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In Survivorship Bias, David McRaney writes:

In finance, this is a common pitfall. The economist Mark Klinedinst explained to me that mutual funds, companies that offer stock portfolios, routinely prune out underperforming investments. “When a mutual fund tells you, ‘The last five years we had 10 percent on average return,’ well, the companies that didn’t have high returns folded or were taken over by companies that were more lucky.” The health of the companies they offer isn’t an indication of the mutual fund’s skill at picking stocks, said Klinedinst, because they’ve deleted failures from their offerings. All you ever see are the successes.

Is this true? Do mutual funds edit/censor underperforming investments to make their returns look better, and if so, is there any way one can figure out if they are doing it?

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Do mutual funds edit/censor underperforming investments to make their returns look better, and if so, is there any way one can figure out if they are doing it?

No, that's not what the quote says.

What the quote says is that the funds routinely drop investments that do not bring the expected return, which is true. That's their job, that is what is called "active management".

Obviously, if you're measuring the fund by their success/failure to beat the market, to beat the market the funds must consistently select over-performers. No-one claims that they only select over-performers, but they select enough of them (or not...) for the average returns to be appealing (or not...) for the investors.

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    I think the quote is poorly written; I think it's actually about mutual fund companies that didn't get lucky, going out of business or getting acquired by luckier fund companies. Individual companies in which a fund invested, that went out of business, were acquired, etc. by active management, would indeed count against the performance of the mutual fund, which would not demonstrate the survivorship bias which the article in question was about. – stannius Oct 13 '15 at 16:02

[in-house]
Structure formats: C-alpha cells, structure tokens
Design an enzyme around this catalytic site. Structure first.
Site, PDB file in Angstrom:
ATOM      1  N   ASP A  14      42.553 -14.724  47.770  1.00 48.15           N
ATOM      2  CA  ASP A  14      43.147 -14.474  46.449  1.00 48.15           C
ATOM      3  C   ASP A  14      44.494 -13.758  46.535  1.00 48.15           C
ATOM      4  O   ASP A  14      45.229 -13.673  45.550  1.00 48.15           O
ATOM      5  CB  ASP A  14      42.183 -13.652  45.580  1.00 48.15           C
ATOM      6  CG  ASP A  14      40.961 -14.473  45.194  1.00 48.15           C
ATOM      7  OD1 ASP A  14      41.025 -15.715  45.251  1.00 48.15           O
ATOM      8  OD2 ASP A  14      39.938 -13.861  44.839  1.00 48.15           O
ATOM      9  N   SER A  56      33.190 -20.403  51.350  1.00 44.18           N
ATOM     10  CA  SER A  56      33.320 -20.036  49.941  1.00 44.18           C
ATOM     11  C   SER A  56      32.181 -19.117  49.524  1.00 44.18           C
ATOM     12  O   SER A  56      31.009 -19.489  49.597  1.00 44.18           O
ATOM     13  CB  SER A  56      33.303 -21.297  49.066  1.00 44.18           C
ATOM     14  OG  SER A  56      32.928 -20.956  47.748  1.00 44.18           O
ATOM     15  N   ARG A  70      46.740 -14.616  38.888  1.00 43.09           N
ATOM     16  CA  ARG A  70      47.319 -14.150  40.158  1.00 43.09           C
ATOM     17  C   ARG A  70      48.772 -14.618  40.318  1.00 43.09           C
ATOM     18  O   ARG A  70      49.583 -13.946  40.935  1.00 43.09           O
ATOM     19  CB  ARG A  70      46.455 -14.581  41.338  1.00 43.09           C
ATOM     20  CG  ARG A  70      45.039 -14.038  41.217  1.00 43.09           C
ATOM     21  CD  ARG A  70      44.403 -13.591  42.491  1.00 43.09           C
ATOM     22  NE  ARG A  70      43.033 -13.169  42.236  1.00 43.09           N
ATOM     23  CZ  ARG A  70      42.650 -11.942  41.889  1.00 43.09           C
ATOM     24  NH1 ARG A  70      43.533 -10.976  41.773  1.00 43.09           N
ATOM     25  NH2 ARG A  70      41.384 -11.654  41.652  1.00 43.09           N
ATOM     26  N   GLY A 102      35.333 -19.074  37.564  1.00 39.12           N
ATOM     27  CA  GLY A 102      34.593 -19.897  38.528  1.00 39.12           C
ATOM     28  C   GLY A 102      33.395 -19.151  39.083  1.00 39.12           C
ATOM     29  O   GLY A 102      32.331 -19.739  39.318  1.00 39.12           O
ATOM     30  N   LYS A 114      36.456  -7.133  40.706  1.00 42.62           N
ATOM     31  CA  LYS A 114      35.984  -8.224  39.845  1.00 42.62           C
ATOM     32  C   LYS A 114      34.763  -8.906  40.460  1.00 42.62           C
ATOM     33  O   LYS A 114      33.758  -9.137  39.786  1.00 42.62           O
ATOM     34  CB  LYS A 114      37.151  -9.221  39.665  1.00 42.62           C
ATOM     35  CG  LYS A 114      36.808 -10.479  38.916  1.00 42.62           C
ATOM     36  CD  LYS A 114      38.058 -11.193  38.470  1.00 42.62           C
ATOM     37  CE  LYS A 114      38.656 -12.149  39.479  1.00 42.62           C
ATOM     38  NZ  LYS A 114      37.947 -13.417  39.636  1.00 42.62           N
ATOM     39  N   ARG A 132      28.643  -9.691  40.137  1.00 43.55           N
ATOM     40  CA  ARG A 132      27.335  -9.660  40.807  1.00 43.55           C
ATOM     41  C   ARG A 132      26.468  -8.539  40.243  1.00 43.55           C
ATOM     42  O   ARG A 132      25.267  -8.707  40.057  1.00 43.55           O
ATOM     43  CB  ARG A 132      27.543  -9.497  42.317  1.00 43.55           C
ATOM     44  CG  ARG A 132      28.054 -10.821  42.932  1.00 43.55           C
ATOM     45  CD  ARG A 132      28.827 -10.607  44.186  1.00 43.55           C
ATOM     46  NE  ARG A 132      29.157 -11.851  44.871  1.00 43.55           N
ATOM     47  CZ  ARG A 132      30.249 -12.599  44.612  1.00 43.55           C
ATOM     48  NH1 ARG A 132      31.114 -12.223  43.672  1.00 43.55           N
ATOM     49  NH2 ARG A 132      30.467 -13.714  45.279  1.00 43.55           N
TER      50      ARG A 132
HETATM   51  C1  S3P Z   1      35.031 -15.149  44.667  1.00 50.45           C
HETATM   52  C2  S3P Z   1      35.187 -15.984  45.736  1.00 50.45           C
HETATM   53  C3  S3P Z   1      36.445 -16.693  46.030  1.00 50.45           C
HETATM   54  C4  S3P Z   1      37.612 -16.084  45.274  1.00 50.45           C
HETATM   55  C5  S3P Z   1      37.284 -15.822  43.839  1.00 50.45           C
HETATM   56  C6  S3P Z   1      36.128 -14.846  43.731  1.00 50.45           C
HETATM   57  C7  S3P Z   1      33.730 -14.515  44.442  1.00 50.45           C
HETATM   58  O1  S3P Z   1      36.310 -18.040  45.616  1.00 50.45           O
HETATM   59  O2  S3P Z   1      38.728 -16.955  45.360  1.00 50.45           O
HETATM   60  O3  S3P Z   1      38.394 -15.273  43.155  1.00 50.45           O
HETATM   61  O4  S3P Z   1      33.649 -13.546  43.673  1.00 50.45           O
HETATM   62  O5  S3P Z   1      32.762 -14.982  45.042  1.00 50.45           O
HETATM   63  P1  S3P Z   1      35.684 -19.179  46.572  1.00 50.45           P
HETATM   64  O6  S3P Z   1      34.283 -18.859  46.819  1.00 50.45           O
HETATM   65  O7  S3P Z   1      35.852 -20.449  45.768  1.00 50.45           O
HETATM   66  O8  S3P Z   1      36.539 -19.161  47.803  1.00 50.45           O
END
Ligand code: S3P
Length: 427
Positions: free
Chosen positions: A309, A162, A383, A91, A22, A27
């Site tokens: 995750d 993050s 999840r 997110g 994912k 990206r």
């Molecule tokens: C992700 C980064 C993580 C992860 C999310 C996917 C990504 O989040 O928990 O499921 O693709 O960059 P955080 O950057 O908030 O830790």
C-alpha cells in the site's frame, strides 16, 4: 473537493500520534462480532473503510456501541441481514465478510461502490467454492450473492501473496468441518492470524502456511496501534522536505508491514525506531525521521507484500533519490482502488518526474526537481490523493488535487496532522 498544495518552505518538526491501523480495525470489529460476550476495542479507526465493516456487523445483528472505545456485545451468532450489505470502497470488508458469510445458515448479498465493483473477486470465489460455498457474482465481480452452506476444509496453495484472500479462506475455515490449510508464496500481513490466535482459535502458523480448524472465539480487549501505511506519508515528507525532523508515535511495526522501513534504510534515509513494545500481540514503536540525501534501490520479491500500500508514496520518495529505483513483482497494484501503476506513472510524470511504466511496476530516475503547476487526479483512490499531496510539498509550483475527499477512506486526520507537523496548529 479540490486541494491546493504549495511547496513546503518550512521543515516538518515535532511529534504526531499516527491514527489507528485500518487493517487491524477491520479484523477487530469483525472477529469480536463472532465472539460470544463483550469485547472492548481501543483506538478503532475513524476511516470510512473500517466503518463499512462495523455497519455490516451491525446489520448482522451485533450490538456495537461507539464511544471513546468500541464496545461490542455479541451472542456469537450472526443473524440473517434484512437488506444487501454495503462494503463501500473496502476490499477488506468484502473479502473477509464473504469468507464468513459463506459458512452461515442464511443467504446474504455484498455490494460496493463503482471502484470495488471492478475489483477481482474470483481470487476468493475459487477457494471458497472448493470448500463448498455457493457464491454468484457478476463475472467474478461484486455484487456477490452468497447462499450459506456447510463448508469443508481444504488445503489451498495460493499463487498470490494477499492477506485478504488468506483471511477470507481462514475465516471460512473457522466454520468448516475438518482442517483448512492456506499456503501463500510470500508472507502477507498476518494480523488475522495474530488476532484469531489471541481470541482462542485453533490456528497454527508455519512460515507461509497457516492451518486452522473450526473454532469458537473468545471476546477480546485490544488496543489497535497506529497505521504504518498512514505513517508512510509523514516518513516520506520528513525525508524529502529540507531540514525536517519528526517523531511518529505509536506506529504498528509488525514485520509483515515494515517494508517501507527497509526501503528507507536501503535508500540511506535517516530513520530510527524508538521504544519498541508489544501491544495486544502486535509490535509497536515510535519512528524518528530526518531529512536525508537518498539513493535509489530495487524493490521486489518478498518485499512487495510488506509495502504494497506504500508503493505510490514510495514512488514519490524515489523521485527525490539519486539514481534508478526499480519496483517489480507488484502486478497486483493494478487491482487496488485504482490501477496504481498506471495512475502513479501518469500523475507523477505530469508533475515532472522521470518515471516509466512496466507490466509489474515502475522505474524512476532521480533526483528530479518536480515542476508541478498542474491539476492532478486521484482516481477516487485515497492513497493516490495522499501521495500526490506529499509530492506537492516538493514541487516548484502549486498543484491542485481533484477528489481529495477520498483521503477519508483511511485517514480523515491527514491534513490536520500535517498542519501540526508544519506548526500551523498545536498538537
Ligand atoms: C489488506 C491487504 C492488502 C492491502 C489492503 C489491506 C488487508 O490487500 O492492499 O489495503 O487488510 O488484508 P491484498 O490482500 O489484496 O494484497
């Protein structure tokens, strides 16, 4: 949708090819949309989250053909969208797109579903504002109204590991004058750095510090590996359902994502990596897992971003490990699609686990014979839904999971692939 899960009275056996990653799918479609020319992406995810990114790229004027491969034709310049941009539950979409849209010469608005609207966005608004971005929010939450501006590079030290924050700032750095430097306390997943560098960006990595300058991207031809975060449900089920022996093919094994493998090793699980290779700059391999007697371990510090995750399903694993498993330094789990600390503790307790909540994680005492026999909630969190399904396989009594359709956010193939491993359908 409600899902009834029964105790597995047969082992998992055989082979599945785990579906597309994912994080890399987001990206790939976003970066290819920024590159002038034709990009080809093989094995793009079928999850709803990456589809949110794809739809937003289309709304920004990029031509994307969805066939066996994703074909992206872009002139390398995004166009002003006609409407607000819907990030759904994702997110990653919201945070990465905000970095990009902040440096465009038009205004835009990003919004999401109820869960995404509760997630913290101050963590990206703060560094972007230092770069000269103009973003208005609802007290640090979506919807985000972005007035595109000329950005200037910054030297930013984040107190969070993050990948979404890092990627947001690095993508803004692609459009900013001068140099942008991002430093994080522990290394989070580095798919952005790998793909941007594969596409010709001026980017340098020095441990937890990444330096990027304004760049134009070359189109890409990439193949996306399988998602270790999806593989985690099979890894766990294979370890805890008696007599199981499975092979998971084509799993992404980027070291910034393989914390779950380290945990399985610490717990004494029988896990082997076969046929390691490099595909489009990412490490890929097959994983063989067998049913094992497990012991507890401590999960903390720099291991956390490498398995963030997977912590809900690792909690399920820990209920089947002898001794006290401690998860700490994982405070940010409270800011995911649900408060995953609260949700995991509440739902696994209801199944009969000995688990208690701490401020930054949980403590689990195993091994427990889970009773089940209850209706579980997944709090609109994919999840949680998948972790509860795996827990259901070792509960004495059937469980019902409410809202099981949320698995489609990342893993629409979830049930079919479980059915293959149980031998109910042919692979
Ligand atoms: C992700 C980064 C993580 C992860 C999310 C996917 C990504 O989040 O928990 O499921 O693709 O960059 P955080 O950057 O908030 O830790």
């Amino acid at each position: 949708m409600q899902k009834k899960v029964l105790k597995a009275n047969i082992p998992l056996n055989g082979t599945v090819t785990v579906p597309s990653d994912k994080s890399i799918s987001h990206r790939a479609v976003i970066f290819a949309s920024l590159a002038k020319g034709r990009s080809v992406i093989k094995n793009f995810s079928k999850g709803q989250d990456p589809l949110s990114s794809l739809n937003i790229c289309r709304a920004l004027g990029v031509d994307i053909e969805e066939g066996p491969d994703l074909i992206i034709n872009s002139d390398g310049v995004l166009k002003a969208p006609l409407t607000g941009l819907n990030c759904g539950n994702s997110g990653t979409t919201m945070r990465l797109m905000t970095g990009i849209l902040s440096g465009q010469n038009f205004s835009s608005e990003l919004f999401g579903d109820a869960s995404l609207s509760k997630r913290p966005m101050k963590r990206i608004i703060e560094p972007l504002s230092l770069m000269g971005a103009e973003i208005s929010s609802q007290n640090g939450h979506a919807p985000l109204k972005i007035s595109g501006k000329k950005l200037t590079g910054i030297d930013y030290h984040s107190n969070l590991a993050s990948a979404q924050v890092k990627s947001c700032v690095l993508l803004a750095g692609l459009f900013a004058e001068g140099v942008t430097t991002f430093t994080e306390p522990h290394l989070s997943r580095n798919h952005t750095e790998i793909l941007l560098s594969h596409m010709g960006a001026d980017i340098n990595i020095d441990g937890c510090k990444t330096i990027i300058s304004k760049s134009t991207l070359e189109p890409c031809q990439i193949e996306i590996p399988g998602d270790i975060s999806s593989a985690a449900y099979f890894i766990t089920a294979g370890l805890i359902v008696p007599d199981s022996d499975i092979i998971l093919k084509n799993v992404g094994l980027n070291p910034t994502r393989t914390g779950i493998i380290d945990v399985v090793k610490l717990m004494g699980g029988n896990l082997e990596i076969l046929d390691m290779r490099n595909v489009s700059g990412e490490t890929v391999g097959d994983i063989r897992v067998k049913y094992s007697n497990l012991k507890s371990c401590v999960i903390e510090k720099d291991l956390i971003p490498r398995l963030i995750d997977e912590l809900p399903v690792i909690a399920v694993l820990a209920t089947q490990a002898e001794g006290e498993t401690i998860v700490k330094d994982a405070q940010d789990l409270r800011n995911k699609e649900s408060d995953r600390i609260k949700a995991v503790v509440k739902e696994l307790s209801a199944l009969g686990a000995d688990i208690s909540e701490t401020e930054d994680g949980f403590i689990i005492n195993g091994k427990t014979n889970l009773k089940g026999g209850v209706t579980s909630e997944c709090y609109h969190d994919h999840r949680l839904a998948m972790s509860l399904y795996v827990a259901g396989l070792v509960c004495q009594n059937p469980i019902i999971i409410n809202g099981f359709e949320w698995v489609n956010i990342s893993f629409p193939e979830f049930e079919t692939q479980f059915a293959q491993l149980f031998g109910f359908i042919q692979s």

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There is a survivorship bias in the mutual fund industry. It's not about individual stocks in which those funds invest. Rather, it's in which funds and fund companies/families are still around. The underperforming funds get closed or merged into other funds. Thus they are no longer reported, since they no longer exist. This makes a single company's mutual funds appear to have a better history, on average, than they actually did.

Similarly, fund companies that underperform, will go out of business. This could make the mutual fund industry's overall history appear to be better than it actually was.

Most companies don't do this to deliberately game the numbers. It's rational on the part of fund companies to close underperforming funds. When a fund has a below average history, investors will likely not invest in it, and will remove their existing money. The fund will shrink while the overhead remains the same, making the fund unprofitable for the company to run.